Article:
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Questions remain as camp ends
Last year, goaltending was shaky, the defense was slow and the traded-away Fredrik Modin had 31 goals. What about now?
By DAMIAN CRISTODERO
Published October 1, 2006
So many questions, so little time.
Lightning training camp officially ends Wednesday, but after 17 grueling days and six preseason games, the answers to some questions are becoming clear. Let's see if that includes any of the biggies coming into camp.
Is Marc Denis the answer in goal?
Denis says he believes his progress is right where it should be, and the Montreal native has shown in four games that he is capable of big things. A few details still need to be worked out, such as his most effective positioning against the rush, but all in all, the Lightning seems in pretty good hands.
Does Sean Burke have a chance to remain the backup?
Obviously not. And even if there was a sliver of a chance, his apparently sore back limited his work until he was sent to AHL Springfield. The bright spot for the Lightning is that Johan Holmqvist has been somewhere between good and spectacular.
Who replaces Fredrik Modin?
Still an open question. Dmitry Afanasenkov has been uneven at left wing and did not have a goal or an assist entering Saturday's preseason finale. Considering Modin's 31 goals last season, that's a pretty big goose egg. That said, coach John Tortorella seems inclined to give the talented Afanasenkov, who has never scored more than nine goals in a season, more time to mesh with linemates Brad Richards and Marty St. Louis.
Is the defense quicker?
It would be difficult for it not to be. The additions of Doug Janik and Filip Kuba give the top five, including Dan Boyle, Cory Sarich and Paul Ranger (when his broken foot heals), some pretty good wheels even if only in comparison. Still, no one is winning any relay races out there. More important, though, is the blue line's ability to move the puck, and that has been greatly enhanced.
Can St. Louis rebound?
The right wing and MVP of the 2003-04 regular season is skating with energy and a purpose, and if he could have knocked in a couple of perfect setups at the side of the net on which he whiffed, his preseason stats would have been exemplary. St. Louis and Richards are still trying to get comfortable together. The good news is St. Louis is putting himself in positions to score. It seems only a matter of time before he cashes in.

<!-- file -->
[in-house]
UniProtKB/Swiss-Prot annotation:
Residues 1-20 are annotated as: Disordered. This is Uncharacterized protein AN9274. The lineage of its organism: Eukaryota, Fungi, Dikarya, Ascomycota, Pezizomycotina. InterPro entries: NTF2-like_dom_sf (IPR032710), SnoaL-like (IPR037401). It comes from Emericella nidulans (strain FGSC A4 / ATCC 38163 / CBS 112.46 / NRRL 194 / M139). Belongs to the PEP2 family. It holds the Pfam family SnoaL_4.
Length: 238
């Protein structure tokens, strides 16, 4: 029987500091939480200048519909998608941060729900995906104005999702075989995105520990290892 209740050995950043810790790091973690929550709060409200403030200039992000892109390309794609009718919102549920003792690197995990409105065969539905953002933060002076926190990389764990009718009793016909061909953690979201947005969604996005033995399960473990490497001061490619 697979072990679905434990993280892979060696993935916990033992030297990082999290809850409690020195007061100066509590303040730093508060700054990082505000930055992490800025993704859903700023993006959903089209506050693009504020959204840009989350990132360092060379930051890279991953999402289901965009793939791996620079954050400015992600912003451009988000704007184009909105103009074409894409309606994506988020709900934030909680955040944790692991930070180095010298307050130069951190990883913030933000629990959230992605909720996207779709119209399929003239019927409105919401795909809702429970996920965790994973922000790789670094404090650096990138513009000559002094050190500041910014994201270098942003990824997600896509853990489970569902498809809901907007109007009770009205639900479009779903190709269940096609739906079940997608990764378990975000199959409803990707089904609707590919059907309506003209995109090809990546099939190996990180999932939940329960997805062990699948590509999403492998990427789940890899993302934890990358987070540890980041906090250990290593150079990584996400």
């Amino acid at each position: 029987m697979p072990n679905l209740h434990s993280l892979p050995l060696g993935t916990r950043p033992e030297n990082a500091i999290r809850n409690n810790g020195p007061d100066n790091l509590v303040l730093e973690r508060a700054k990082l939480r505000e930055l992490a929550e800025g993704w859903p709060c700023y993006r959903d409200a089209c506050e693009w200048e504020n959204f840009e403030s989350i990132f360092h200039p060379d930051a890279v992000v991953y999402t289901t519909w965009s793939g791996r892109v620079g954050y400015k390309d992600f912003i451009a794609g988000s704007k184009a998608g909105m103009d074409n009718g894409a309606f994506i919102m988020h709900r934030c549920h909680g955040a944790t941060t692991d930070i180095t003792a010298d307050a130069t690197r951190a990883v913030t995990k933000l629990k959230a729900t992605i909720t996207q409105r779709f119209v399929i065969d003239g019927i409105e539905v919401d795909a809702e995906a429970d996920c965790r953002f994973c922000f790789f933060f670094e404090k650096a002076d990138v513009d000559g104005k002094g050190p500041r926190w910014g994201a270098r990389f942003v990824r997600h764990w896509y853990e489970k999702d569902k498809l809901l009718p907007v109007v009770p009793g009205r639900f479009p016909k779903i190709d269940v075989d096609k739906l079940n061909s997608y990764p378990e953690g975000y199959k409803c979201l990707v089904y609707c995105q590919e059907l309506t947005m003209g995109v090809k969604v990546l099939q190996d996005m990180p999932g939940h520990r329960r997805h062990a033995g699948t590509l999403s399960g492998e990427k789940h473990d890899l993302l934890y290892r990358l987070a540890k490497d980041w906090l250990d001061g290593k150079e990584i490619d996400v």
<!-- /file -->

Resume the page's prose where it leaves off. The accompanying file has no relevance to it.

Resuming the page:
Is Vinny Lecavalier ready to explode?
There certainly are indications. The center had four goals and five assists in his first three games and he wasn't even near top form. Still, Lecavalier seems to have accepted he must shoot before passing and that moving with or without the puck will produce scoring chances. Perhaps he is even warming to the idea the organization wants him to score 50 goals.
Was Paul Ranger a fluke?
We'll get a better read after he plays. The defenseman, a star last season as a rookie, broke his left foot in the camp's first scrimmage when hit by a Sarich slapshot. The team believes Ranger could be ready for Thursday's opener at Atlanta if he can get on skates by Monday.
Can Ruslan Fedotenko stay healthy?
The right wing, recovering for the second straight season from summer hip surgery, was to play his first preseason game Saturday. The team says it was being cautious. Probably smart considering Fedotenko, with a career-high 26 goals last season, could be one of Tampa Bay's most important players.
Who fills the third and fourth lines?
The third line will be centered by Andreas Karlsson with wings Nikita Alexeev and Ryan Craig. The fourth line will have center Tim Taylor flanked by Eric Perrin and Nick Tarnasky.
Will the Lightning be a force in the East?
The Lightning will make the playoffs, regardless of what some magazines and Web sites are saying. Still, Denis must be at the top of his game, the defense must remain confident, the power play must respond and the team must make up for Modin's 31 goals. In other words, Tampa Bay must answer a lot more questions.